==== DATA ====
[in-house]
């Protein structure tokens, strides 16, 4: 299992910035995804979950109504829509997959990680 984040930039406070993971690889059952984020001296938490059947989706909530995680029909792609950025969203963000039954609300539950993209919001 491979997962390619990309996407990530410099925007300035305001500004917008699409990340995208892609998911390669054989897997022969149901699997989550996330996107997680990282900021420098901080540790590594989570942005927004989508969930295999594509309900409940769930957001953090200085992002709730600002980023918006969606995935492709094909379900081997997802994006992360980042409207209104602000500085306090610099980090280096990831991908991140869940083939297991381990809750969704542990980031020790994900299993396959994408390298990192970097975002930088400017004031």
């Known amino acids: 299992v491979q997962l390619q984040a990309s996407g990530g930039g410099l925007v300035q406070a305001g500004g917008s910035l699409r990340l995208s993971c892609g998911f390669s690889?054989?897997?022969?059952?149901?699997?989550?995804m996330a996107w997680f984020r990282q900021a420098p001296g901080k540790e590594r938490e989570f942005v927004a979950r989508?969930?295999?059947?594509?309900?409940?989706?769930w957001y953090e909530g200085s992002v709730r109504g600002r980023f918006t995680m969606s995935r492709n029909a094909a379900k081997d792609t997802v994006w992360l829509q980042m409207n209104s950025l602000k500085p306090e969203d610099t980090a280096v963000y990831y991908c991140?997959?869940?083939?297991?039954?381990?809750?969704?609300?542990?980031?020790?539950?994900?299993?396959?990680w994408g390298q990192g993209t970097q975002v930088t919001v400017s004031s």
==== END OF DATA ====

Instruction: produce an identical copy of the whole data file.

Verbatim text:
[in-house]
């Protein structure tokens, strides 16, 4: 299992910035995804979950109504829509997959990680 984040930039406070993971690889059952984020001296938490059947989706909530995680029909792609950025969203963000039954609300539950993209919001 491979997962390619990309996407990530410099925007300035305001500004917008699409990340995208892609998911390669054989897997022969149901699997989550996330996107997680990282900021420098901080540790590594989570942005927004989508969930295999594509309900409940769930957001953090200085992002709730600002980023918006969606995935492709094909379900081997997802994006992360980042409207209104602000500085306090610099980090280096990831991908991140869940083939297991381990809750969704542990980031020790994900299993396959994408390298990192970097975002930088400017004031």
């Known amino acids: 299992v491979q997962l390619q984040a990309s996407g990530g930039g410099l925007v300035q406070a305001g500004g917008s910035l699409r990340l995208s993971c892609g998911f390669s690889?054989?897997?022969?059952?149901?699997?989550?995804m996330a996107w997680f984020r990282q900021a420098p001296g901080k540790e590594r938490e989570f942005v927004a979950r989508?969930?295999?059947?594509?309900?409940?989706?769930w957001y953090e909530g200085s992002v709730r109504g600002r980023f918006t995680m969606s995935r492709n029909a094909a379900k081997d792609t997802v994006w992360l829509q980042m409207n209104s950025l602000k500085p306090e969203d610099t980090a280096v963000y990831y991908c991140?997959?869940?083939?297991?039954?381990?809750?969704?609300?542990?980031?020790?539950?994900?299993?396959?990680w994408g390298q990192g993209t970097q975002v930088t919001v400017s004031s």